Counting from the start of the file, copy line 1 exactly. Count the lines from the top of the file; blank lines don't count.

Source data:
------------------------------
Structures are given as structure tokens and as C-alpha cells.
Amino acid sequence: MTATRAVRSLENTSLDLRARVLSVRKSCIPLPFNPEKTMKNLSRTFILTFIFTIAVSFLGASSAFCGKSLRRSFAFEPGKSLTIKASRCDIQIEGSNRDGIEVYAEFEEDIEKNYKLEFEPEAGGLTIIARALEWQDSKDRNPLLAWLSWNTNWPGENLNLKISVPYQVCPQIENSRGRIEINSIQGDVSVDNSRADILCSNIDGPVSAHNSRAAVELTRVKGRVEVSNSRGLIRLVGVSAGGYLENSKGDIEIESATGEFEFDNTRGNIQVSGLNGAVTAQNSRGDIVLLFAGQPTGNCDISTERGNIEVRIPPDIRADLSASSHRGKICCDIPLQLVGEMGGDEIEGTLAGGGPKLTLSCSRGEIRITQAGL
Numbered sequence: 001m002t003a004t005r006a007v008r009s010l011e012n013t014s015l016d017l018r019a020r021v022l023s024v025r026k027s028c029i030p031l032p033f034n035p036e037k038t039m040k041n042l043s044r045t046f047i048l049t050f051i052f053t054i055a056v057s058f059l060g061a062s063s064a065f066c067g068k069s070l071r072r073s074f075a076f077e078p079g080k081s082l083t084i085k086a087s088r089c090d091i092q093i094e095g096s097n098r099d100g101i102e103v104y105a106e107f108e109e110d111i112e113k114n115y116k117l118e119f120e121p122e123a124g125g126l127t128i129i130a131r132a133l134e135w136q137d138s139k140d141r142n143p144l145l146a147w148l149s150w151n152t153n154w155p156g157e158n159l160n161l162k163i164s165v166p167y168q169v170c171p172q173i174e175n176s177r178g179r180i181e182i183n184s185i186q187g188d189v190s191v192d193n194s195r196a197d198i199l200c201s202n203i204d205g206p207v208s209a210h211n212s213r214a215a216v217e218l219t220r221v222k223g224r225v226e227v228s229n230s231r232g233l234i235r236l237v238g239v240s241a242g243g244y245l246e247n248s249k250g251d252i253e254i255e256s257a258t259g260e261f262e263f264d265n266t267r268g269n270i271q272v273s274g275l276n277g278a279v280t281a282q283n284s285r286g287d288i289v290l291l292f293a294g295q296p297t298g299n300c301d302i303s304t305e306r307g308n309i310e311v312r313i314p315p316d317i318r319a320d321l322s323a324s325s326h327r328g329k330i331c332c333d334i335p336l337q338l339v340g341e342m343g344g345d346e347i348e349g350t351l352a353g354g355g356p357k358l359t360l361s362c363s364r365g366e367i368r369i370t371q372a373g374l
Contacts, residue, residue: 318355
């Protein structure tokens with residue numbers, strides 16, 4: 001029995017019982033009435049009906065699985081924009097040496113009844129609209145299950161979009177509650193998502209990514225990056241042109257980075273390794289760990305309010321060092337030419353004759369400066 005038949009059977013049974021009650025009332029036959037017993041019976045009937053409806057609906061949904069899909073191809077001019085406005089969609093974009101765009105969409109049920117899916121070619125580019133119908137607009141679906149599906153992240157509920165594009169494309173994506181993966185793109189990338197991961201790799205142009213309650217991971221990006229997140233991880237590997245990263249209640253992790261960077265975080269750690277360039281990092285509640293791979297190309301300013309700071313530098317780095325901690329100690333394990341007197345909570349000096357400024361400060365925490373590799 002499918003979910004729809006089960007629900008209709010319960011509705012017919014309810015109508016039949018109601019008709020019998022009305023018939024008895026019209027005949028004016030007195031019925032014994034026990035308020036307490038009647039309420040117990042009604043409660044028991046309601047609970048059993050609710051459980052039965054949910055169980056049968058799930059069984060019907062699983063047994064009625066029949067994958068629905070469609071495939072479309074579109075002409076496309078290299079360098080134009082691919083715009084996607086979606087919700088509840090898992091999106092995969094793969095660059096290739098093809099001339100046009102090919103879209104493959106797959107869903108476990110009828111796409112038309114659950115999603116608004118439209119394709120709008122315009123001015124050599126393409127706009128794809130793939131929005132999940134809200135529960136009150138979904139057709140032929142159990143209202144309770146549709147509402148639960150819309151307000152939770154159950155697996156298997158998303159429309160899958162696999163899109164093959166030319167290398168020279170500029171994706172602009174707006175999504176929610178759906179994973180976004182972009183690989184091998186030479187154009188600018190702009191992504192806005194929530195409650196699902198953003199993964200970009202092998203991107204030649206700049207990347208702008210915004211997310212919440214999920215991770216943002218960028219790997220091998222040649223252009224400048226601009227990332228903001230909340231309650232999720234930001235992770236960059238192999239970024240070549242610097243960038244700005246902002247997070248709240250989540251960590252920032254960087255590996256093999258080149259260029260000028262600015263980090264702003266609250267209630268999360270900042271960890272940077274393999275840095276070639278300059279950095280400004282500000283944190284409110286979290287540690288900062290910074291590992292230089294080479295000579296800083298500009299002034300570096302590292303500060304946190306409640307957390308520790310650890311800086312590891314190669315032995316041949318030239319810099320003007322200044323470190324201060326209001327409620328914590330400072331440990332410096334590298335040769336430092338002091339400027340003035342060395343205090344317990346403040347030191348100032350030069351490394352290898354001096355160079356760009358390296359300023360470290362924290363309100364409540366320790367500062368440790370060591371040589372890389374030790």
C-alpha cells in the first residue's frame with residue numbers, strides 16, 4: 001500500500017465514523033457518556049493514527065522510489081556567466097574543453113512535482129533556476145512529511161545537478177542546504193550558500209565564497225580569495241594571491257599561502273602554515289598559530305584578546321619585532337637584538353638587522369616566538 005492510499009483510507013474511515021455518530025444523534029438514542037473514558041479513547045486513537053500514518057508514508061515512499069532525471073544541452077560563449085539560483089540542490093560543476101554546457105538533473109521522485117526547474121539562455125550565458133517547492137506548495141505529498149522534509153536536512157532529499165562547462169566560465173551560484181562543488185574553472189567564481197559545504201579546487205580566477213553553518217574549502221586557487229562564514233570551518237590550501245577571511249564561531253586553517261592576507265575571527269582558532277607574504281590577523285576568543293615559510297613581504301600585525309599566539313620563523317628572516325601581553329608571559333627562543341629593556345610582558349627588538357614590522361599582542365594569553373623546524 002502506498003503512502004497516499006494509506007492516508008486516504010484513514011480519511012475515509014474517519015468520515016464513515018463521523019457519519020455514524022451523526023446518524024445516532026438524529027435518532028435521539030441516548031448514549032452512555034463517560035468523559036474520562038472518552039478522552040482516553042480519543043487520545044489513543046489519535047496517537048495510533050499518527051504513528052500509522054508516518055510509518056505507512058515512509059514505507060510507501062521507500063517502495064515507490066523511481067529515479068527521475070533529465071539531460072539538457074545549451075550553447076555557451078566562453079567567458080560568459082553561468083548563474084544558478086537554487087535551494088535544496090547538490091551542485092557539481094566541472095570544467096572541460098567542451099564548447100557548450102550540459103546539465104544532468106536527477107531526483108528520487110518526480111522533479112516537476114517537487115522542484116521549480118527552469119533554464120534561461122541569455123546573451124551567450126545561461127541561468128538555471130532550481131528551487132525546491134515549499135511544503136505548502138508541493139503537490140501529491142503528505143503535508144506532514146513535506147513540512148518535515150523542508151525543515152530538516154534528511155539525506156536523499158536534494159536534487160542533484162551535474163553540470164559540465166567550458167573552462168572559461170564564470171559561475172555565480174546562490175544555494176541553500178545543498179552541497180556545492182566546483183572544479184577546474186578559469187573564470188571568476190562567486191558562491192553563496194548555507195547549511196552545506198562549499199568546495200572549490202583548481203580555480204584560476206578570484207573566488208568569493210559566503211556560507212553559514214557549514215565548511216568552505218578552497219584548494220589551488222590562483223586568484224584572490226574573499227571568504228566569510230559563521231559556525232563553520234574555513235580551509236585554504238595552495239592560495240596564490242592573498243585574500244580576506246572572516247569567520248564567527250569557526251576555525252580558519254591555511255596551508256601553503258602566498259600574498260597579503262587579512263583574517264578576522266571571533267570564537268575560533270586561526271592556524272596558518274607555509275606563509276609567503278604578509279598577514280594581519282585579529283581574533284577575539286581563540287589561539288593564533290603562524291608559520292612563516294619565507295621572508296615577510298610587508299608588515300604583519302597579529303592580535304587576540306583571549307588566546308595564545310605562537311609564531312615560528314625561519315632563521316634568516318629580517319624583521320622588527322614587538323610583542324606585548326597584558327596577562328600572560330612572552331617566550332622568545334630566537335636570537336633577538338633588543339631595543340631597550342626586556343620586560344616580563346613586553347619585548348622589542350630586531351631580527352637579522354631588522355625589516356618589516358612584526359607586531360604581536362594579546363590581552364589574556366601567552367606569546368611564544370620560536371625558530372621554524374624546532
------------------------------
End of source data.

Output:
Structures are given as structure tokens and as C-alpha cells.